At The Elisabeth Morrow School, music has always been one of the disciplines at the core of our school community. We embrace Plato's philosophy that we should "teach children music, physics and philosophy, but most importantly music, for the patterns in music and all the arts are the keys to learning."
Modern research shows that Plato was right on the money. Sustained music instruction has a powerful and indelible effect on children, strengthening their ability to learn in both behavioral and neurological ways.
1. It will boost their brain power. Decades of studies have indicated a correlation between higher academic achievement and musical training. Recent studies may have identified why. One recent study published in the Journal of Neuroscience shows that music training changes the development of the child's brain — accelerating neurodevelopment — in ways that improve language skills. It also extends the amount of time the brain is "plastic," or most receptive to learning. Children who learn to play music at a young age develop stronger connections across the corpus callosum, the nerve fibers that connect to two hemispheres of the brain.
2. It teaches patience and teamwork. While learning an instrument can be fun, it also requires focus, patience, and the ability to accept temporary failure. The new musician (as well as the accomplished one) will make countless mistakes, learn from them and move on. When the young musician is ready to play with others, he or she will learn to recognize harmonies, match tempo and pitch, and may collaborate in an orchestra of as many as 120 or more, to create one cohesive musical experience. You can see how children grow and develop thorough music in this Superchamber Performance of EMS students at a recent student assembly.
3. It will improve their memory. Additional research has shown that participation in music at an early age can help improve a child's learning ability and memory by stimulating different patterns of brain development. The actual task of learning to play an instrument puts a challenging demand on the child's brain. In much the same way that exercise increases muscle mass, the memory demand of musical training increases working-memory capacity (and musicians usually retain that added capacity throughout their lives.)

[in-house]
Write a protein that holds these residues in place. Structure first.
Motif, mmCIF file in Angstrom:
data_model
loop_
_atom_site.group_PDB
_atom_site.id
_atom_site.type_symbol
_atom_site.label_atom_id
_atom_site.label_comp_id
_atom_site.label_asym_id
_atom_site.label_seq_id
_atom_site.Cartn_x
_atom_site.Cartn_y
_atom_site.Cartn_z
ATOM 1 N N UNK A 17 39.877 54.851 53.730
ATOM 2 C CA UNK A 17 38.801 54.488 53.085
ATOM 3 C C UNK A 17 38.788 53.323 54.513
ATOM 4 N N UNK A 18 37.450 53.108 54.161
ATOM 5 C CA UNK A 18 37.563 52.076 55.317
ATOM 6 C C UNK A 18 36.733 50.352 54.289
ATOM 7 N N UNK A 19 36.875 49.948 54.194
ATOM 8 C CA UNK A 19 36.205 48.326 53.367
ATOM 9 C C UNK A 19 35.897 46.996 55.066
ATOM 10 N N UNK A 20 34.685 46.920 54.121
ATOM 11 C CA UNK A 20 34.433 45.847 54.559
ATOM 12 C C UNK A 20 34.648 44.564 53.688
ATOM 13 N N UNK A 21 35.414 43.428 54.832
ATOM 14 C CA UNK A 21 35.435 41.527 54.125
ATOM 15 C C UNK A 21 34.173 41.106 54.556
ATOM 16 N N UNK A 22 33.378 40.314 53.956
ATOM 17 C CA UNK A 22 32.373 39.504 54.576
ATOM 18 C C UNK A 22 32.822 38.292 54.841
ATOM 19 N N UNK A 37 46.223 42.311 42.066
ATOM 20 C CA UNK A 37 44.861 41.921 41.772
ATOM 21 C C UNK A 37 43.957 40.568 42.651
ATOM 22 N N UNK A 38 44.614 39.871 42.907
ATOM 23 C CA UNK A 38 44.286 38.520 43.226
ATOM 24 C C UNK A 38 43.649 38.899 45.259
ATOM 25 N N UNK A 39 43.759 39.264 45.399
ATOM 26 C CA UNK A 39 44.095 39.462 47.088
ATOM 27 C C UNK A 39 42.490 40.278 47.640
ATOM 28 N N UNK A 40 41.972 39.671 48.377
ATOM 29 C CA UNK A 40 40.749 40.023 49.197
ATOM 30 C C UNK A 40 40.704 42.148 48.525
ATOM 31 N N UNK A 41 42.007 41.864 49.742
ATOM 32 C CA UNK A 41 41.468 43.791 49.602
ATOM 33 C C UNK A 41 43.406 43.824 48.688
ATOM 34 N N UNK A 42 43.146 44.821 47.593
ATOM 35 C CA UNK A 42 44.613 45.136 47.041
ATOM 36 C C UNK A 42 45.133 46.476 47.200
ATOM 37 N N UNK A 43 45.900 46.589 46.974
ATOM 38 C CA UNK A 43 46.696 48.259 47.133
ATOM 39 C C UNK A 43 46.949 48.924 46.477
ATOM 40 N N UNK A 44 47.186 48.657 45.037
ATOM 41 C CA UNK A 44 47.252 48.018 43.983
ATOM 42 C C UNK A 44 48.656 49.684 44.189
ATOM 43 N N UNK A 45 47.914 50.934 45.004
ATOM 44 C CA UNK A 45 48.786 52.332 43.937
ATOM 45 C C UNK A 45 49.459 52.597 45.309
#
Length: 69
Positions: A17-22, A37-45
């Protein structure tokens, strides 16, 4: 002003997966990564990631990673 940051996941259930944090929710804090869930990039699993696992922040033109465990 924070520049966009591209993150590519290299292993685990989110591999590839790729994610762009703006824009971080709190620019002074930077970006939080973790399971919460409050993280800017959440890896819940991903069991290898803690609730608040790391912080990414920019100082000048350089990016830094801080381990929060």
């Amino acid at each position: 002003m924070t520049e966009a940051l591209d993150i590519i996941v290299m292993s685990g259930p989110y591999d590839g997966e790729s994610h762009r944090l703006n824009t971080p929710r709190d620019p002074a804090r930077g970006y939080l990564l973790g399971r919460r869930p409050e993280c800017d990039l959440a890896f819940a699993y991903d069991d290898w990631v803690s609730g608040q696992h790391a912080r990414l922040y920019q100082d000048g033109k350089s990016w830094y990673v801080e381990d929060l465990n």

4. It teaches problem-solving. In order to learn to play well, a child must solve thousands of individual problems. For example, each chord transition a child learns is a negotiation between the musician and his or her own body. A recent Harris Poll noted that 49% of music students surveyed said studying music provided them with a disciplined approach to solving problems.
5. It fosters creativity. For many, the sheer joy of creating music is an end in itself. But it is important to note that the study of music also appears to influence creativity and entrepreneurship later in life. For instance, researchers at Michigan State University who studied the early childhood educations of STEM honors graduates found that 93 percent reported musical training at some point in their lives, as compared to only 34 percent of average adults, as reported by the National Endowment for the Arts. Researchers concluded that sustained training in the arts stimulated the kind of out-of-the-box thinking that contributes to advanced problem-solving in the sciences and the business world.
Amelia Gold is the Music Director of The Summer String Festival, Violin Teacher, Violin Ensemble, Orchestra and Arts Department Chair at The Elisabeth Morrow School.